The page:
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Materials Engineer, Roorkee
The time lag (usually 3 to 28 days) between concrete placement and the evaluation of cube strength is a primary deficiency of the current quality control method used in concrete construction. The development of accelerated curing techniques have reduced the lag time to 24 to 48 hours. But even the 24 hours time is sufficient to allow the concrete to set and harden in the form prior to the testing of the accelerated cubes. This paper describes the method for determination of water-cement ratio of the mix discharged from the mixer and conjunction with air-content tests can predict 28-days strength of concrete in 15 minutes, so that any mix found sub-standard should not be allowed for placement.
1) Water Content Test (Kelly and Vail’s method)
The method for the determination of water content is based on the principle that the free water is available to act as a diluents when an aqueous solution of sodium chloride of known strength is added to a sample of fresh concrete.
2) Cement Content Test
This method has been developed in Japan. In this method the cement content is obtained by virtue of the temperature difference which arises on account of the heat evolved by the reaction between cement and hydrochloric acid added to the diluted mortar solution. A known weight of mortar sample is first obtained from the sample of fresh concrete by sieving. The mortar sample is then diluted by adding a fixed quantity of water. With addition of HCL, the dilute solution of mortar undergoes an abrupt exothermic reaction, which decomposes the cement contained in the sample. The aggregate (except calcareous) do not react which HCL. The heat of reaction reaches a steady temperature very quickly and there exists a relationship between the temperature difference and the cement content of the sample of concrete.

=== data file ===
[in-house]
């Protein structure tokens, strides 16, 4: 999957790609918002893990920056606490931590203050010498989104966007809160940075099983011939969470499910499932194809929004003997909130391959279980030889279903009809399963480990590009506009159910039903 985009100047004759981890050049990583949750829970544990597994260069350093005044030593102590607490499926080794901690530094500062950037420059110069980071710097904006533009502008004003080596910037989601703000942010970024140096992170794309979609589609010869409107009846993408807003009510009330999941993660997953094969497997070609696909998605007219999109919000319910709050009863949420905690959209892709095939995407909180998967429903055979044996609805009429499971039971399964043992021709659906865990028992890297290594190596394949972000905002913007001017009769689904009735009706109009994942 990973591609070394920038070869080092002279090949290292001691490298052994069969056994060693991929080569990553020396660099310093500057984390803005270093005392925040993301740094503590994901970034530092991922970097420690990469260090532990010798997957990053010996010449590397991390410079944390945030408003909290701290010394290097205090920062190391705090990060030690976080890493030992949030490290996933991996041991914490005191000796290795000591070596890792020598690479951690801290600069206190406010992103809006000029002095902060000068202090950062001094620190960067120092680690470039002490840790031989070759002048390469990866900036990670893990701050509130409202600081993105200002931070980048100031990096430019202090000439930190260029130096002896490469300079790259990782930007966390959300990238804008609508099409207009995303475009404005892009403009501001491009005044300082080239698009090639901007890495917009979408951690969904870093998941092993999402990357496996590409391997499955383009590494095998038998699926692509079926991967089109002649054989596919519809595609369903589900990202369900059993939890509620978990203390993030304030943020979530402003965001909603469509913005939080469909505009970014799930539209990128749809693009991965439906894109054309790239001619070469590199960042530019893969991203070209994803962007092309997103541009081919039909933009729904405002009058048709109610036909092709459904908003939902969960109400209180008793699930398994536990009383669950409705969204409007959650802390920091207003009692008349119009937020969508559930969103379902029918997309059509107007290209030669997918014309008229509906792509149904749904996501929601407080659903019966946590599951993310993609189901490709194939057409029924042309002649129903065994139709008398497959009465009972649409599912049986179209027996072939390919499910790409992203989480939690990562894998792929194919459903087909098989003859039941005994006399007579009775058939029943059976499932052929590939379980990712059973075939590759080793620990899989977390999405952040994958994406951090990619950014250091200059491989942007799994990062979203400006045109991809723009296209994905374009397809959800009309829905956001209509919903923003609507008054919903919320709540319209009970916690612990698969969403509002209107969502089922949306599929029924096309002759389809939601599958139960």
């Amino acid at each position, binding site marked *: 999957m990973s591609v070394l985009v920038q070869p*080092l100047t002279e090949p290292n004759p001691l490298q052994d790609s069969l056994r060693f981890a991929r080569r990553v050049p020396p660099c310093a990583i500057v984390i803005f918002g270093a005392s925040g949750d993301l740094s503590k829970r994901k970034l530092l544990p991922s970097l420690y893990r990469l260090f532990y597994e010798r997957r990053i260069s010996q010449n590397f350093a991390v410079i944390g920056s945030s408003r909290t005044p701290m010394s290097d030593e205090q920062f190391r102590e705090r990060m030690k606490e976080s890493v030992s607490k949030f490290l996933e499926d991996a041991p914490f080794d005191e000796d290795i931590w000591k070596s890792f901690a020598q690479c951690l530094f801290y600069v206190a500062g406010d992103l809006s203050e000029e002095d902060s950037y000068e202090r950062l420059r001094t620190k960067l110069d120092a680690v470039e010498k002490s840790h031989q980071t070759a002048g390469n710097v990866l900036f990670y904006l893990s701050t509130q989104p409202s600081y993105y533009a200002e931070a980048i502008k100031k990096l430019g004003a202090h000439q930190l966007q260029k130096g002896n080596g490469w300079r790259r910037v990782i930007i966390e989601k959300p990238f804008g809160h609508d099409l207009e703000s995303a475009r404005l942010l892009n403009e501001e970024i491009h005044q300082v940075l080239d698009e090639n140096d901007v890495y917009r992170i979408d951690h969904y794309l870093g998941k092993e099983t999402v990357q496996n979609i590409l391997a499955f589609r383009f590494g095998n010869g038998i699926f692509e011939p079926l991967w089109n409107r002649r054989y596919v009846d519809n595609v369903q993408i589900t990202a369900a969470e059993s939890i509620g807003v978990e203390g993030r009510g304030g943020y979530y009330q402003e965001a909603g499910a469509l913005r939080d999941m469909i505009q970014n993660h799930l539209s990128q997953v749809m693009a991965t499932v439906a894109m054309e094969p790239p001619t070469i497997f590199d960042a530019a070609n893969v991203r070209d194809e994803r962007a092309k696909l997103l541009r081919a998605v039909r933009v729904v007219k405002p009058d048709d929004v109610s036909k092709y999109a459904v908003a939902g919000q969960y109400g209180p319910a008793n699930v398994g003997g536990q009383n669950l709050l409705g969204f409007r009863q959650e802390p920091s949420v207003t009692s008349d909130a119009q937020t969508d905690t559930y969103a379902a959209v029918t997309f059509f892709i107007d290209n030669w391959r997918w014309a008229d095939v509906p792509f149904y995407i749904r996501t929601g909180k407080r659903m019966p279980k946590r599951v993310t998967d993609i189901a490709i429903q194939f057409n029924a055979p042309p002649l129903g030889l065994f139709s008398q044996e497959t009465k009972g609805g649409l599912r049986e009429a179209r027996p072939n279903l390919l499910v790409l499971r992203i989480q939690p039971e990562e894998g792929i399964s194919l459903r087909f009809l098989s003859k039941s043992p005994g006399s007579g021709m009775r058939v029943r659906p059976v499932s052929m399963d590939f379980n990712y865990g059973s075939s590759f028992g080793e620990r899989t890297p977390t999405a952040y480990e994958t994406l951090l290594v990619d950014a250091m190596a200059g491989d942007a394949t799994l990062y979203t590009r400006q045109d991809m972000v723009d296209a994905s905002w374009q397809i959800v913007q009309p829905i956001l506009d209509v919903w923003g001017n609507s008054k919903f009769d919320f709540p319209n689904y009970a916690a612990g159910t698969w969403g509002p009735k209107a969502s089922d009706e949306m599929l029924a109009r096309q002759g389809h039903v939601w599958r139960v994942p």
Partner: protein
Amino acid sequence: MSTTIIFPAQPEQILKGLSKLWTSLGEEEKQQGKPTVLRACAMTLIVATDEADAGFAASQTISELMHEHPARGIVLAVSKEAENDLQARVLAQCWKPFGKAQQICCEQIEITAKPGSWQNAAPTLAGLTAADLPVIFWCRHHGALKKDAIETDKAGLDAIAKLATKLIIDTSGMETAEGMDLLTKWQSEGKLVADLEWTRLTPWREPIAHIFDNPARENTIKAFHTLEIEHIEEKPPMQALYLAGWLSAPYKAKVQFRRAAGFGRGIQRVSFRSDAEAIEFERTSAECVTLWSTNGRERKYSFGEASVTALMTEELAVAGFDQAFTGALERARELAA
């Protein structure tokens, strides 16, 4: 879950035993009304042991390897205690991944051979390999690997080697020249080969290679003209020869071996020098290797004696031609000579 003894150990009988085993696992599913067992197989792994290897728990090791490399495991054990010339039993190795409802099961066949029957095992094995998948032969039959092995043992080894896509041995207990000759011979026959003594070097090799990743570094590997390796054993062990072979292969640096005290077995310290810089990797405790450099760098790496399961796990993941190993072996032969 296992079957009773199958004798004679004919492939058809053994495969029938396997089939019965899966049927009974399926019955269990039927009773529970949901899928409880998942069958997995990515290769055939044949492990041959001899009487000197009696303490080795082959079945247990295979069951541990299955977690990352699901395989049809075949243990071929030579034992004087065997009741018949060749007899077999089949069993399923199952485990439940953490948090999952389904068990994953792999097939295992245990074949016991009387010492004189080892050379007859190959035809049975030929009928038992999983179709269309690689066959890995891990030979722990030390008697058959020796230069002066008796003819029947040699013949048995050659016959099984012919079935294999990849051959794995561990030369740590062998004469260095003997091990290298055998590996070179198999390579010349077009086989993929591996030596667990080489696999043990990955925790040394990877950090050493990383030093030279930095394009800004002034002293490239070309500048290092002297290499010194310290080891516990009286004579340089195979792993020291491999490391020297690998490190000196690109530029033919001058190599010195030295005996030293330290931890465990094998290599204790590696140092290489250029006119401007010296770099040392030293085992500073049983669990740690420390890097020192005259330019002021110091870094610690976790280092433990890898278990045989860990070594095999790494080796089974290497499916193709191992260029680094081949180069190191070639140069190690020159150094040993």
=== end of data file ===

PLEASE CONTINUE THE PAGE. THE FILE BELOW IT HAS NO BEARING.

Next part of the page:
National Council for Cement and Building Materials conducted experiments on concrete samples instead of sieved mortar sample. The experimental set-up (Fig. 2) consisted of a wooden box in which a 5-litre capacity polyethylene bottle surrounded by glass wool was placed. About one Kg concrete sample was first diluted with 800 cc water to which 500 gm of concentrated HCL was added. The mixture was stirred with a rod and the temperature of the mixture was measured with a thermometer. The experimental investigation resulted in the following regression equation:
Y = 12.28 + 3X
Where : Y = cement content (in gm) of the sample of concrete, and
X = temperature difference of oC
The above method is applicable only for concrete made with OPC, if the pozzolana content in PPC is known, then this method can be used after making due corrections for the amount of pozzolana in the cement content so determined.
Air content of the sample can be determined by conventional methods. Thus knowing the water-cement ratio and air-content concrete 28-days strength can be predicted. For a direct approach in predicting the concrete strength, it is desirable that water-cement ratio v/s 28-days concrete cube strength curves be drawn from the actual site materials.
2. Kanda M.A. measuring method for water-cement ratio in fresh concrete. Transaction of Japan Society of Civil Engineers, 3,2. November, 1972.
3. A. Howdyshell, Operation Guide – Water and Cement content of fresh Concrete, Technical Report M-177 (CERL, Feb, 1976).
We at engineeringcivil.com are thankful to Sir Kaushal Kishore for submitting this paper to us. We are hopeful that this paper will help students who wish to know more about concrete quality control.
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